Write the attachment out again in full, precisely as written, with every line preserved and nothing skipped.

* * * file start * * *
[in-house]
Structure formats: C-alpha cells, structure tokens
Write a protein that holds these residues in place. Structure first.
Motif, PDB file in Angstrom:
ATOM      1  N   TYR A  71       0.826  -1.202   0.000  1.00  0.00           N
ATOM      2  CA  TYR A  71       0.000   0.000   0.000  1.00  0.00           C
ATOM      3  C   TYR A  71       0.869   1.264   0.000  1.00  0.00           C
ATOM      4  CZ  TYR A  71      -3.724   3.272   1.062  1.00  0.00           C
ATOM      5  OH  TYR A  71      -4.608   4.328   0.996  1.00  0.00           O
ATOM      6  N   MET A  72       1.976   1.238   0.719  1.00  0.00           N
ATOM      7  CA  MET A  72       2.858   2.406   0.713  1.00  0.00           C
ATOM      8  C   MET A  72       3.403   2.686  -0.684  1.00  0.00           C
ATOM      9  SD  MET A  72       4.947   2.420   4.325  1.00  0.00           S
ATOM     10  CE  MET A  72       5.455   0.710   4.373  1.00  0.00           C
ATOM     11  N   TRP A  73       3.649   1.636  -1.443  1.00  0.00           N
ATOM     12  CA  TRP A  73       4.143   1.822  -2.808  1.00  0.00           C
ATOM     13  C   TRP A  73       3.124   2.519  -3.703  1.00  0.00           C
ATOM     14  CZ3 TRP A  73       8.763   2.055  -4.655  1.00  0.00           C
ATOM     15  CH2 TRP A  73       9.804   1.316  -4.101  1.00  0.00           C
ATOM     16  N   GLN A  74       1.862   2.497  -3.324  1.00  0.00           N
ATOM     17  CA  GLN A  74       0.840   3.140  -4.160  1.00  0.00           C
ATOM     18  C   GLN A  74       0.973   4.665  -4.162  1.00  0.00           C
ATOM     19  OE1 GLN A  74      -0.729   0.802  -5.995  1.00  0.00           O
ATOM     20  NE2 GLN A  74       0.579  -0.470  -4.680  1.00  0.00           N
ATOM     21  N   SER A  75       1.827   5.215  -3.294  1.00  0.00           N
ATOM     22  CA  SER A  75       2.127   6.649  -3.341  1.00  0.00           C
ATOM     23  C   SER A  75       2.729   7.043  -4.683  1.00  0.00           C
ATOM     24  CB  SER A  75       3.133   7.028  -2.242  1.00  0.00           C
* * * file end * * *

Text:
[in-house]
Structure formats: C-alpha cells, structure tokens
Write a protein that holds these residues in place. Structure first.
Motif, PDB file in Angstrom:
ATOM      1  N   TYR A  71       0.826  -1.202   0.000  1.00  0.00           N
ATOM      2  CA  TYR A  71       0.000   0.000   0.000  1.00  0.00           C
ATOM      3  C   TYR A  71       0.869   1.264   0.000  1.00  0.00           C
ATOM      4  CZ  TYR A  71      -3.724   3.272   1.062  1.00  0.00           C
ATOM      5  OH  TYR A  71      -4.608   4.328   0.996  1.00  0.00           O
ATOM      6  N   MET A  72       1.976   1.238   0.719  1.00  0.00           N
ATOM      7  CA  MET A  72       2.858   2.406   0.713  1.00  0.00           C
ATOM      8  C   MET A  72       3.403   2.686  -0.684  1.00  0.00           C
ATOM      9  SD  MET A  72       4.947   2.420   4.325  1.00  0.00           S
ATOM     10  CE  MET A  72       5.455   0.710   4.373  1.00  0.00           C
ATOM     11  N   TRP A  73       3.649   1.636  -1.443  1.00  0.00           N
ATOM     12  CA  TRP A  73       4.143   1.822  -2.808  1.00  0.00           C
ATOM     13  C   TRP A  73       3.124   2.519  -3.703  1.00  0.00           C
ATOM     14  CZ3 TRP A  73       8.763   2.055  -4.655  1.00  0.00           C
ATOM     15  CH2 TRP A  73       9.804   1.316  -4.101  1.00  0.00           C
ATOM     16  N   GLN A  74       1.862   2.497  -3.324  1.00  0.00           N
ATOM     17  CA  GLN A  74       0.840   3.140  -4.160  1.00  0.00           C
ATOM     18  C   GLN A  74       0.973   4.665  -4.162  1.00  0.00           C
ATOM     19  OE1 GLN A  74      -0.729   0.802  -5.995  1.00  0.00           O
ATOM     20  NE2 GLN A  74       0.579  -0.470  -4.680  1.00  0.00           N
ATOM     21  N   SER A  75       1.827   5.215  -3.294  1.00  0.00           N
ATOM     22  CA  SER A  75       2.127   6.649  -3.341  1.00  0.00           C
ATOM     23  C   SER A  75       2.729   7.043  -4.683  1.00  0.00           C
ATOM     24  CB  SER A  75       3.133   7.028  -2.242  1.00  0.00           C